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Aluminum Potassium Sulfate

Aluminum Potassium Sulfate

OVERVIEW

Aluminum potassium sulfate (uh-LOO-min-um po-TASS-see-um sul-fate) is also known as aluminum potassium sulfate dodecahydrate, potash alum, potassium alum, and kalinite. It normally occurs in the form of the dodecahydrate, meaning that each molecule of the compound is associated with twelve molecules of water. The formula of the hydrate is KAl(SO4)2·12H2O. In this form, it occurs as white odorless crystals. The compound gradually loses its water of hydration when heated, giving up the first nine molecules of water at 64.5°C (148°F), and the remaining three molecules of water at about 200°C (392°F).

KEY FACTS

OTHER NAMES:

See Overview.

FORMULA:

KAl(SO4)2

ELEMENTS:

Potassium, aluminum, sulfur, oxygen

COMPOUND TYPE:

Inorganic salt

STATE:

Solid

MOLECULAR WEIGHT:

258.20 g/mol

MELTING POINT:

92.5°C (198°F; loses water of hydration beginning at 64.5°C (148°F)

BOILING POINT:

200°C (392°F; loses all water of hydration)

SOLUBILITY:

Soluble in cold water; very soluble in hot water; insoluble in alcohol, ether, acetone, and other organic solvents

Aluminum potassium sulfate belongs to a family of compounds known collectively as the alums. The term alum refers to a double salt that consists of aluminum, the sulfate group (SO4), and one other metal. The presence of two metals, aluminum plus one other metal, accounts for the name double salt. Other common alums are aluminum ammonium sulfate and aluminum sodium sulfate.

The alums were known as far back as ancient Egypt and China, where they were used as deodorants. Alums are effective for this purpose because they are astringents, substances that cause tissues to shrink or contract, thus reducing the tendency of sweat glands to produce perspiration. As astringents, alums were also used in the field of medicine to treat wounds and prevent bleeding. Until the nineteenth century, however, chemists did not recognize that the substance they knew as alum was actually a variety of different compounds.

HOW IT IS MADE

Aluminum potassium sulfate occurs naturally in the form of the minerals alunite and kalinite. Where these minerals are available, the compound can be mined and purified to obtain potash alum. Where the minerals are not available, the compound can be produced synthetically by combining aqueous aluminum sulfate with aqueous potassium sulfate. The two compounds react with each other in solution to form the double salt, aluminum potassium sulfate, which can then be extracted by allowing the solutions to evaporate, during which the desired compound crystallizes out.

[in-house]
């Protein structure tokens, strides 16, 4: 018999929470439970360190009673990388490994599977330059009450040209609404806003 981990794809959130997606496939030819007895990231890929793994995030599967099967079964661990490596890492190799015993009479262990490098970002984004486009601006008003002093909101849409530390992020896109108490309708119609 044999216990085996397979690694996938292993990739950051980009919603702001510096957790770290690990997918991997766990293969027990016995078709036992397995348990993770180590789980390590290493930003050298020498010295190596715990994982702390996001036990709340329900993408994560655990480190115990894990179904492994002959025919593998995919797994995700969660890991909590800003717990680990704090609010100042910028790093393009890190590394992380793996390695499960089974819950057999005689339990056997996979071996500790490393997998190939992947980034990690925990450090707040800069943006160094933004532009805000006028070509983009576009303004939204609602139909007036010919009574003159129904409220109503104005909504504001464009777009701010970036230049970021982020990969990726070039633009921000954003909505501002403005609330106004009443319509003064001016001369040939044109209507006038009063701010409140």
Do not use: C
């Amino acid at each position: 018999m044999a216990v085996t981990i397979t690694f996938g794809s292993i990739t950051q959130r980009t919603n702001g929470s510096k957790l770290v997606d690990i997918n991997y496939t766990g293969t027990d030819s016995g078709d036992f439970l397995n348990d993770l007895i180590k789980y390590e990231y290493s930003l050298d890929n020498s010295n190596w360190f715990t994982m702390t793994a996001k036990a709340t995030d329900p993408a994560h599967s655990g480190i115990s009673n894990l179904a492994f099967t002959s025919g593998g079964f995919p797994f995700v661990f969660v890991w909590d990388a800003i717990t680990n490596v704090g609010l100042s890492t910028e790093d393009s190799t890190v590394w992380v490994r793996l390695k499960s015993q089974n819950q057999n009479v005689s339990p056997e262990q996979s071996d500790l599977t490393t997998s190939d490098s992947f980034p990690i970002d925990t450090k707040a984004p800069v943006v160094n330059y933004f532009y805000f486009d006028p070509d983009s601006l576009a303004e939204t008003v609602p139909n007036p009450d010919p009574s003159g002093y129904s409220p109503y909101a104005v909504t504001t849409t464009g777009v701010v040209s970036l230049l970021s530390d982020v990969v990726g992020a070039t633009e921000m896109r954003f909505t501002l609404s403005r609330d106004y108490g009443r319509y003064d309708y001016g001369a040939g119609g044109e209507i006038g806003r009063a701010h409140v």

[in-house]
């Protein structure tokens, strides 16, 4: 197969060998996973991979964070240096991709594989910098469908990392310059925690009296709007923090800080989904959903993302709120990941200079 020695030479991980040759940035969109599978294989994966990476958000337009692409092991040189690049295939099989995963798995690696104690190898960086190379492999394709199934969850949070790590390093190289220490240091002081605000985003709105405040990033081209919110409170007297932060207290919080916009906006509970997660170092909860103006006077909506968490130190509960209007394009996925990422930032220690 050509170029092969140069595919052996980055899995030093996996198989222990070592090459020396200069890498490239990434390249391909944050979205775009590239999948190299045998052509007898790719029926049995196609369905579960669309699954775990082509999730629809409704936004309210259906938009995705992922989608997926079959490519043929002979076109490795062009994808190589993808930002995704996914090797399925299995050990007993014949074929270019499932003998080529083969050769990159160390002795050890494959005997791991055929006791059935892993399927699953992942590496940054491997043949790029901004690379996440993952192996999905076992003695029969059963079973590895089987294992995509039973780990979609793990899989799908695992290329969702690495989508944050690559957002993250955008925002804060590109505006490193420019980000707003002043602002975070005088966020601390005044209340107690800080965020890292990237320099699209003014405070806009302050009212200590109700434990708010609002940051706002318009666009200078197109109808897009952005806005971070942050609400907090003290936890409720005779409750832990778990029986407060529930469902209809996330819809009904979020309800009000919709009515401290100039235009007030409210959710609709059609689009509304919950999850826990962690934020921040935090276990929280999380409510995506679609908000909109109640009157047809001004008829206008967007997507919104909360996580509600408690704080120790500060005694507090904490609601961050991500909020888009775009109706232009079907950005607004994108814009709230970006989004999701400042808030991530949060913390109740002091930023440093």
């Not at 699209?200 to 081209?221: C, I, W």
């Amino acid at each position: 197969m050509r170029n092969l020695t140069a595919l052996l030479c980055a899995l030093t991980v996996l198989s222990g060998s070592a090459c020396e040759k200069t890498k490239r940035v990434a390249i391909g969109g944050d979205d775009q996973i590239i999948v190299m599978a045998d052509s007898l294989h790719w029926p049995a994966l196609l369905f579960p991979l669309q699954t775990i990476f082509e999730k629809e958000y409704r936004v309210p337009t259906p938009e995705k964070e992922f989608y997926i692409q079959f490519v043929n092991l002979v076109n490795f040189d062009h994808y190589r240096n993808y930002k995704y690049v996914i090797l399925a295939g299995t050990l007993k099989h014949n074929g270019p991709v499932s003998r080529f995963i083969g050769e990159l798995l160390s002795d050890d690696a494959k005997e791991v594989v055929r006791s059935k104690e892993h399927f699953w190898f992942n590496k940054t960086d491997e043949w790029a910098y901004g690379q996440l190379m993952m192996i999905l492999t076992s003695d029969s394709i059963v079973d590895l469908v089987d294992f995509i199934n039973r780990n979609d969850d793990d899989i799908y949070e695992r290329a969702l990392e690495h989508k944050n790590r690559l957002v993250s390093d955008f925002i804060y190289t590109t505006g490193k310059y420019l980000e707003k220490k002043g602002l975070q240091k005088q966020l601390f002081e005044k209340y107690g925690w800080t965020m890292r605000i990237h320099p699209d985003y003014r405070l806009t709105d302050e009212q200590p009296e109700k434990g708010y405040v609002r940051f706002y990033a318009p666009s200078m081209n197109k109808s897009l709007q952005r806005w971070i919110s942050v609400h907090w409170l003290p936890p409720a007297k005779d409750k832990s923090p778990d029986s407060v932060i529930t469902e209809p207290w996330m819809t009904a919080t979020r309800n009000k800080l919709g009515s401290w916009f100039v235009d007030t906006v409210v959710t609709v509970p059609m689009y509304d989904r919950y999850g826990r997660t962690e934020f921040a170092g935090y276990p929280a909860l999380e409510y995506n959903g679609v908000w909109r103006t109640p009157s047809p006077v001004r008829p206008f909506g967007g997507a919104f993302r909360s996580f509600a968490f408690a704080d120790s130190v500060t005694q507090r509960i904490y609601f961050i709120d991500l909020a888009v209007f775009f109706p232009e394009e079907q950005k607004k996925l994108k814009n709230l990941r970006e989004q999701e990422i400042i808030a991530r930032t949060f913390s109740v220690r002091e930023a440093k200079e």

Interesting Facts

  • During the fifteenth century, the Vatican achieved control of the alum industry in Europe. When King Henry VIII of England quarreled with Pope Clemens VII a century later over his desire to marry a second time, the pope cut off supplies of alum to Great Britain. Since alum was an essential product in the dyeing of clothes, the English clothing industry rapidly fell into dire circumstances.

COMMON USES AND POTENTIAL HAZARDS

One of aluminum potassium sulfate's major uses is in the dyeing of fibers and fabrics, where it is employed as a mordant. A mordant is a substance that reacts with a dye, helping it attach more permanently to a fiber or fabric. Aluminum potassium sulfate has also been used in the paper-making industry for many centuries, where it has a variety of applications. For example, it can be used to give paper a tough, shiny surface or to increase the intensity of inks, paints, and dyes used on the paper. Some water treatment plants also use aluminum potassium sulfate in their purification systems. The compound is added to water, where it combines with colloidal particles suspended in water to form larger clumps, which then settle out of the water. Other uses of aluminum potassium sulfate include:

  • As a food additive, used to control the acidity of the product;
  • In the manufacture of matches;
  • For the waterproofing of fabrics;
  • In the tanning of leather;
  • In the manufacture of deodorants;
  • To add hardness and toughness to cement;
  • In the production of fireworks;
  • As an astringent in medical treatments; and
  • In the preparation of other compounds of aluminum in the chemical industry.

Words to Know

AQUEOUS SOLUTION
A solution that consists of some material dissolved in water.
ASTRINGENT
A material triggers a loss of water from tissue, thereby causing the tissues to shrink and contract.
COLLOID
A mixture consisting of tiny particles suspended, but not dissolved, in water.
DOUBLE SALT
A salt that includes aluminum and one other metal, such as potassium.
MORDANT
A substance that reacts with a dye so that it attaches to a fiber or fabric more easily.

FOR FURTHER INFORMATION

"Aluminum Potassium Sulfate Resources." http://names.mongabay.com/drugs/ingredients/ALUMINUM_POTASSIUM_SULFATE.html (accessed on September 18, 2005).

Hart-Davis, Adam. "Thomas Challoner and His Astonishing Alum Industry." ExNet. http://www2.exnet.com/1995/12/18/science/science.html#LINKS-BACK (accessed on September 18, 2005).

"Material Safety Data Sheet: Aluminum Potassium Sulfate Dodecahydrate." Department of Chemistry, Iowa State University. http://avogadro.chem.iastate.edu/MSDS/AlKSO4.htm (accessed on September 18, 2005).

"Potassium Aluminum Sulfate." Gale Encyclopedia of Science. Edited by K. Lee Lerner and Brenda Wilmoth Lerner. 3rd ed. Vol. 5. Detroit, Mich.: Gale, 2004.

See AlsoPotassium Sulfate

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